A cookbook that says forget about cookbooks? That’s about right. But sometimes we all need a reminder just to jump in and swim, er, cook and “In the Green Kitchen” with its pantry and essential kitchen-tool list is a good place to start.

Or if you are a procrastinator, take some time and copy this down and fasten it to your ‘fridge door:

A Green Kitchen Manifesto

Delicious, affordable, wholesome food is the goal of the Green Kitchen.

An organic pantry is an essential resource.

Buy food that is organic, local, and seasonal.

Cooking and shopping for food brings rhythm and meaning to our lives.

Simple cooking techniques can be learned by heart.

Daily cooking improves the economy of the kitchen.

Cooking equipment that is durable and minimal simplifies the cooking.

A garden brings life and beauty to the table.

Composting nourishes the land that feeds us.

Setting the table and eating together teaches essential values to our children.

Now get cooking! Slowly.

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Reviewed by: Leigh Montgomery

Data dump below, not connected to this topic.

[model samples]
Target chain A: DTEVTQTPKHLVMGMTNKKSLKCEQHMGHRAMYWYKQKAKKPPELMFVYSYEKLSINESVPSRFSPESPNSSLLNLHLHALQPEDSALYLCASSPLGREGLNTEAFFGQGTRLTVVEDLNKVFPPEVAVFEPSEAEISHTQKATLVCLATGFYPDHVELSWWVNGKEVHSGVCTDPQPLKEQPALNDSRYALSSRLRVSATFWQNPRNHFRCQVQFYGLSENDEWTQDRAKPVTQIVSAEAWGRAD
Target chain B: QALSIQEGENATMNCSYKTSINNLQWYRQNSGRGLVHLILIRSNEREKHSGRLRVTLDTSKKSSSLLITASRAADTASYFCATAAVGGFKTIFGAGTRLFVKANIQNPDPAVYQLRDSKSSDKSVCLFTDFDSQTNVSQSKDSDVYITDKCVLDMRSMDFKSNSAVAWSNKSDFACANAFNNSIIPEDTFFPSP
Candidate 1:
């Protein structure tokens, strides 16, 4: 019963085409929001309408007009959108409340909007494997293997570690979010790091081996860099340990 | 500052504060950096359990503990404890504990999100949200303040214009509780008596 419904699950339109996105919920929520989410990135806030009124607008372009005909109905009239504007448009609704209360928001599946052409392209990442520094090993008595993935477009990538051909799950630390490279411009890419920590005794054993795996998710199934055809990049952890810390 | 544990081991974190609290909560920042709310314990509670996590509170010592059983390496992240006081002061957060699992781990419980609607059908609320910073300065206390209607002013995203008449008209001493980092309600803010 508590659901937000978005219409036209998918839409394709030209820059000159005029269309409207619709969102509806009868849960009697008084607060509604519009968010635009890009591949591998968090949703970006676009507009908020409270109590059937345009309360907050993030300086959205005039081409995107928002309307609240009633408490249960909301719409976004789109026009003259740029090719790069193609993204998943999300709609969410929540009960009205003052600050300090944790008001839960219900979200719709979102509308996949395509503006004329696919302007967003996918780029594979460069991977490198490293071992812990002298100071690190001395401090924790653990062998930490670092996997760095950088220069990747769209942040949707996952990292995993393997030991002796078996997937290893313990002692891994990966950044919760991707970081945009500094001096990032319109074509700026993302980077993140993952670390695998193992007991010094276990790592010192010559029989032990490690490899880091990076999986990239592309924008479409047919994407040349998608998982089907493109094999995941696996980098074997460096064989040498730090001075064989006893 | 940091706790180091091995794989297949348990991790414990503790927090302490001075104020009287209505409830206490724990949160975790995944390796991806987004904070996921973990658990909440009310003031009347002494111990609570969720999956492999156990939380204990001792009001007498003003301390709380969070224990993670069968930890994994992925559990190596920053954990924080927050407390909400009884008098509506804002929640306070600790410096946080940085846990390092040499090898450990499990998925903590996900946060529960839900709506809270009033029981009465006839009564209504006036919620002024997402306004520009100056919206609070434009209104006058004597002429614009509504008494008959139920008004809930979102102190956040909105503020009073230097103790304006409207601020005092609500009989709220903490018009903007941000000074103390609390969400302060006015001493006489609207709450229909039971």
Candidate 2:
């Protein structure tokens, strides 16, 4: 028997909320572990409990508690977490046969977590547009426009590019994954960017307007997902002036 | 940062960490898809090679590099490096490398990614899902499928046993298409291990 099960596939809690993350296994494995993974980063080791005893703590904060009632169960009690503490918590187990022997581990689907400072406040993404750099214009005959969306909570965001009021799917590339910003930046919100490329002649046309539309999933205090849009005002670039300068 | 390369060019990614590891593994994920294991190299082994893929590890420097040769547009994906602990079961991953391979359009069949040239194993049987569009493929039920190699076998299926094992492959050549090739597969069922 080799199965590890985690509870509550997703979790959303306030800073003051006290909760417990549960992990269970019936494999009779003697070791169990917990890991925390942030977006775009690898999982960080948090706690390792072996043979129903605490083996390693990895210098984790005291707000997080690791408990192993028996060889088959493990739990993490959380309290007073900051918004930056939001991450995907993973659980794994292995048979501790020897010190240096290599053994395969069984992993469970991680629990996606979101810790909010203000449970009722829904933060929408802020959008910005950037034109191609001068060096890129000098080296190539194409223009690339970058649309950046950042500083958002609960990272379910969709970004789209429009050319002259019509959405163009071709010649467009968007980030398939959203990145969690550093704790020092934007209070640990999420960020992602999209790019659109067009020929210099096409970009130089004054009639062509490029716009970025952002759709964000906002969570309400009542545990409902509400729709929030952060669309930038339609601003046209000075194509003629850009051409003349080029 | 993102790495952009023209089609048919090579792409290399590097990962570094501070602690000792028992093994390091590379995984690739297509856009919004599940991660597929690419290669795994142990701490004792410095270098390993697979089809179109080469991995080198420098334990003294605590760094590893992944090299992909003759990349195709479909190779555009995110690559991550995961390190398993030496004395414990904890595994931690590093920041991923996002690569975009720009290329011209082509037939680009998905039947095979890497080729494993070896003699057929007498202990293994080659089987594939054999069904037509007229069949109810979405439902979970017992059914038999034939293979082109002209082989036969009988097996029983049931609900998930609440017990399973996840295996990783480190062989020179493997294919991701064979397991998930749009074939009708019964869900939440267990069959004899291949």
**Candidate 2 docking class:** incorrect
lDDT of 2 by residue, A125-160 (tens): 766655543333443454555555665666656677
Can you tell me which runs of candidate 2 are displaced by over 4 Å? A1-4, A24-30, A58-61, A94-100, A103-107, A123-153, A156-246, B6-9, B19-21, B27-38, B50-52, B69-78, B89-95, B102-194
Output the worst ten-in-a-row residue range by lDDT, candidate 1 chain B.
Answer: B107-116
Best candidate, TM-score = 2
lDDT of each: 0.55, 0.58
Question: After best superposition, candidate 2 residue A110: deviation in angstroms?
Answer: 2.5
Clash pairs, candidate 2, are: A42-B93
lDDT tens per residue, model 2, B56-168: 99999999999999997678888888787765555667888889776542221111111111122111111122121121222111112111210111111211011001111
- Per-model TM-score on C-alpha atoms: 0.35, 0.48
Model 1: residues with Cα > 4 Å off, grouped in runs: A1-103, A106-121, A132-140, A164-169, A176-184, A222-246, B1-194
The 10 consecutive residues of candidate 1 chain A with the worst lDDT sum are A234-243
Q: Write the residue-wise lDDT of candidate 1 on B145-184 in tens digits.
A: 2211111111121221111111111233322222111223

“Of all of this year’s Christmas gifts – this is one that has been getting a lot of use in recent days. Boston star chef and restauranteur Barbara Lynch deserves all accolades, for her divergent styles that all have a kind of primacy. She’s also very pragmatic. While locals know you cannot go wrong with any of her establishments, I’ve also found that the case with this cookbook, which focuses on Northern Italian – with French influence. With clear instructions and multiple suggestions for hard-to-find items, it is a book for cooks of all levels – for very basic weeknight fare to ambitious menus for the more technically adept (pain au poulet – a chicken wrapped in bread dough, for example). Plain, explanatory language is used, and you’ll find yourself making things you might never have occurred to. Which brings me to mention that being an Italian cookbook, there are more gnocchi variations in this book than anywhere – because, Lynch maintains, it is so good, yet so easy, you don’t need a machine, and you can freeze it. Of course. What’s been the most impressive is finding yourself attaining restaurant quality at home – even me.”